Too often brands have no content strategy or wrong content strategy. Original content is rarely created and much of the content pushed out is generic and could have been made by any brand. This creates dissonance and boredom among consumers and will lead to a drop in interest and engagement with the community.
While engaging in social media it is important to have proper goals in mind while determining branding guidelines, your style and the tone of communication. Apart from knowing your audience inside out, you must plan properly, manage your content calendar and have a proper strategy in place.
6. Not integrating social media into the marketing mix:
Social media is not a solo act. You have to think about it in a more holistic, integrated way. It’s always a good idea to combine Social Media with your brand’s overall marketing strategy and integrate your campaigns with offline initiatives. Integration will give you enhanced results while ensuring consistency in your brand message throughout your social media activities. With the right approach you can reap synergies for long lasting results.
Sabyasachi points out that,
Too often brands treat social media as a standalone activity not integrated with the overall marketing mix. This is sub optimal use of social media and will lead to inefficient use of social media.
7. Not setting up metrics for measuring success:
If you don’t measure your performance with the right Key performance indices, you will never know whether you are doing it right. You can optimize your strategy if you measure results. But don’t run after numbers. Don’t think about the cost of ROI, think about the cost of ignoring it. You don’t have a choice.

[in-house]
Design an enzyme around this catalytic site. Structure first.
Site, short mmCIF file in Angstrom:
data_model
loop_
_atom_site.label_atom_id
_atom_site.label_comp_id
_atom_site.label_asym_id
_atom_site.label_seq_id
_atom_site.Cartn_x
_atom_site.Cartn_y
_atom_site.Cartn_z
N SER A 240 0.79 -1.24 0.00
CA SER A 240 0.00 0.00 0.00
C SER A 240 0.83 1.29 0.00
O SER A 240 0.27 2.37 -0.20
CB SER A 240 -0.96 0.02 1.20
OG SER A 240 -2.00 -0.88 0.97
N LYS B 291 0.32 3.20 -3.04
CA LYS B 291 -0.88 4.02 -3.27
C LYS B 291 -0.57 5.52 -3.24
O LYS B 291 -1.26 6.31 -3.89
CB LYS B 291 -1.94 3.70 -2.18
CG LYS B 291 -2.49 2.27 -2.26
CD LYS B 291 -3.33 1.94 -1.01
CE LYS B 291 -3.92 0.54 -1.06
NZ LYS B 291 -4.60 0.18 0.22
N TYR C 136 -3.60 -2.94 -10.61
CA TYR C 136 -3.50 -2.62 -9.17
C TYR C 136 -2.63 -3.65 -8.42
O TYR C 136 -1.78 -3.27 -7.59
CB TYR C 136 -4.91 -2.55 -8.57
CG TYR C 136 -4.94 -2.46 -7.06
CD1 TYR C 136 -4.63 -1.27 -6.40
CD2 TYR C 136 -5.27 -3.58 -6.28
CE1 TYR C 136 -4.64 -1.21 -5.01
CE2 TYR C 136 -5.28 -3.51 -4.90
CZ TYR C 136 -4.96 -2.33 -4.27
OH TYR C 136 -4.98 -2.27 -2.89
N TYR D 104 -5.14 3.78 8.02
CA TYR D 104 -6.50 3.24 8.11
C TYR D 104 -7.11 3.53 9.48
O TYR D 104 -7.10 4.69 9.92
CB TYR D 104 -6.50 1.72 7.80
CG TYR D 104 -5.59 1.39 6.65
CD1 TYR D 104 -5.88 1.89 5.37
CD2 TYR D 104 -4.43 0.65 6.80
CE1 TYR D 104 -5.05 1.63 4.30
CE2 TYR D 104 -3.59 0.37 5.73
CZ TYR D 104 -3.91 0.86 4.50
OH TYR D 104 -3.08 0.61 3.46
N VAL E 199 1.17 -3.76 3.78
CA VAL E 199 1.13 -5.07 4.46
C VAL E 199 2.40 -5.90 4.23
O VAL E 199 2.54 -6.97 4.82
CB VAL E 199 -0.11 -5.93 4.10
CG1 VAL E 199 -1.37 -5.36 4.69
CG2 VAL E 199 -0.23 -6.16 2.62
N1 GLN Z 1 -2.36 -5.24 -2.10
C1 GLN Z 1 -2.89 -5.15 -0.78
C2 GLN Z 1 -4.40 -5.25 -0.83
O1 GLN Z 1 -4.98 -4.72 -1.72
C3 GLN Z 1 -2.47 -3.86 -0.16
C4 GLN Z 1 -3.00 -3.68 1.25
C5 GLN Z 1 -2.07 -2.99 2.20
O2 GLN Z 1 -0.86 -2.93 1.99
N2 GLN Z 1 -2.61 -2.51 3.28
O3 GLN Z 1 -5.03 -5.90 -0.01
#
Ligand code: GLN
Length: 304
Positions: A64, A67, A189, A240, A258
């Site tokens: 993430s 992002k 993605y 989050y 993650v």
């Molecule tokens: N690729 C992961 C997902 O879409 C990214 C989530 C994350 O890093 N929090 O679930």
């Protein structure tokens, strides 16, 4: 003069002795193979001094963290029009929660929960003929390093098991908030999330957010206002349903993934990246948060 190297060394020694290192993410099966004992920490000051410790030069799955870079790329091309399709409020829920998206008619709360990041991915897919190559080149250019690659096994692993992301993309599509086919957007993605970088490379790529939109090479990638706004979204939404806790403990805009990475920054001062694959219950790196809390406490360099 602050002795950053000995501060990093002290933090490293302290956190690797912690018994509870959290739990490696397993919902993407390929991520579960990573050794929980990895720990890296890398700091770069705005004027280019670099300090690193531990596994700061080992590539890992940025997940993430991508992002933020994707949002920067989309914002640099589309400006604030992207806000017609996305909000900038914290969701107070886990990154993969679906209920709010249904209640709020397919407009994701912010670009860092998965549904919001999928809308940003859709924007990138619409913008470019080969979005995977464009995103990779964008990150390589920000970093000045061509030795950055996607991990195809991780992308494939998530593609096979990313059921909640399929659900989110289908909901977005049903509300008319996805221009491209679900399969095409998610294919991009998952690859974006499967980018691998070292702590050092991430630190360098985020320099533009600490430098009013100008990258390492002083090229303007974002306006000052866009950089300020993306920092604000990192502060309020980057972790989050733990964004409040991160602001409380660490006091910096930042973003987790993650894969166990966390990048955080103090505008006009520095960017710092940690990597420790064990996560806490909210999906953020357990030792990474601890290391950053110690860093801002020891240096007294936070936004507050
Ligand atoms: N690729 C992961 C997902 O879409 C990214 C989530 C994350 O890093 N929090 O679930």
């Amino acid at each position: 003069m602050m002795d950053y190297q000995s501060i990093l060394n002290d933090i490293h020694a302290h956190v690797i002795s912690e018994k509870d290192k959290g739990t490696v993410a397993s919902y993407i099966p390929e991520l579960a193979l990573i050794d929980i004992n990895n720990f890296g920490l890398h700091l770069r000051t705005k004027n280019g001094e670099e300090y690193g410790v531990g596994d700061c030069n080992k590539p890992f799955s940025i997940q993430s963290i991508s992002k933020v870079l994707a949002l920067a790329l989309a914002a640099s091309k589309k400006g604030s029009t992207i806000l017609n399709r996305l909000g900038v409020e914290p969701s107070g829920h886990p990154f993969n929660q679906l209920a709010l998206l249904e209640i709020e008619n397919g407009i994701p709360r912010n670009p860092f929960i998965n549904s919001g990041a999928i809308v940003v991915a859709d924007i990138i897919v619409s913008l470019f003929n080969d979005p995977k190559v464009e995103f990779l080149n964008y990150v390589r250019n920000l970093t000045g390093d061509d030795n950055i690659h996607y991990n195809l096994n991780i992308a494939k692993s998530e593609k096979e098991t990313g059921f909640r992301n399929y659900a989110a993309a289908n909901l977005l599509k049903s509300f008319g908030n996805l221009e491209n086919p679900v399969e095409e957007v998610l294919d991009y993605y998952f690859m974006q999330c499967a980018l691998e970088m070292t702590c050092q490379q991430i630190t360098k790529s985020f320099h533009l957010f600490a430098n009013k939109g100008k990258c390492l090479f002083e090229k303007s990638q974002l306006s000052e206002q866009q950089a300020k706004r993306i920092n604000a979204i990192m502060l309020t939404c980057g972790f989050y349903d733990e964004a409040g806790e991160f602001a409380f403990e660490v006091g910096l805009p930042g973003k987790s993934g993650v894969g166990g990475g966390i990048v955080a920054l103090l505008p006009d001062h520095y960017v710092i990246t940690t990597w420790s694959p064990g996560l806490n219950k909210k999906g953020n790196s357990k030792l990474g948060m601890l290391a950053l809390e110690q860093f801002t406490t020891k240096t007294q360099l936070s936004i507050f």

Sabyasachi rightly says,
Too often the only measures are Likes, Interactions, PTAT numbers or follower counts. However, brands need to define why they are on social media and how they will measure success. For retail brands ROI can be an immediate and tangible measure. Even if brands take engagement as a strategy there should be brand track measures that give feedback on the movement of the brand pointers and see if what is being done on social media is at all having an impact on the brand.
In other words, set up the right metrics to measure. You should if you are spending your time, effort and money in the right places. Find out how social media has helped you to grow.
Analyze quantitative metrics (e.g. Volume of Conversation) and qualitative metrics like ‘Sentiment of Conversation’. Use the right Social Media monitoring tools to get more mileage out of social media.
To conclude I would like to reiterate the need to adapt and change with your environment, by using social media in the right way. We all make mistakes. But what distinguishes winners from losers is that winners learn from these mistakes. Ignoring them could prove suicidal for your businesses.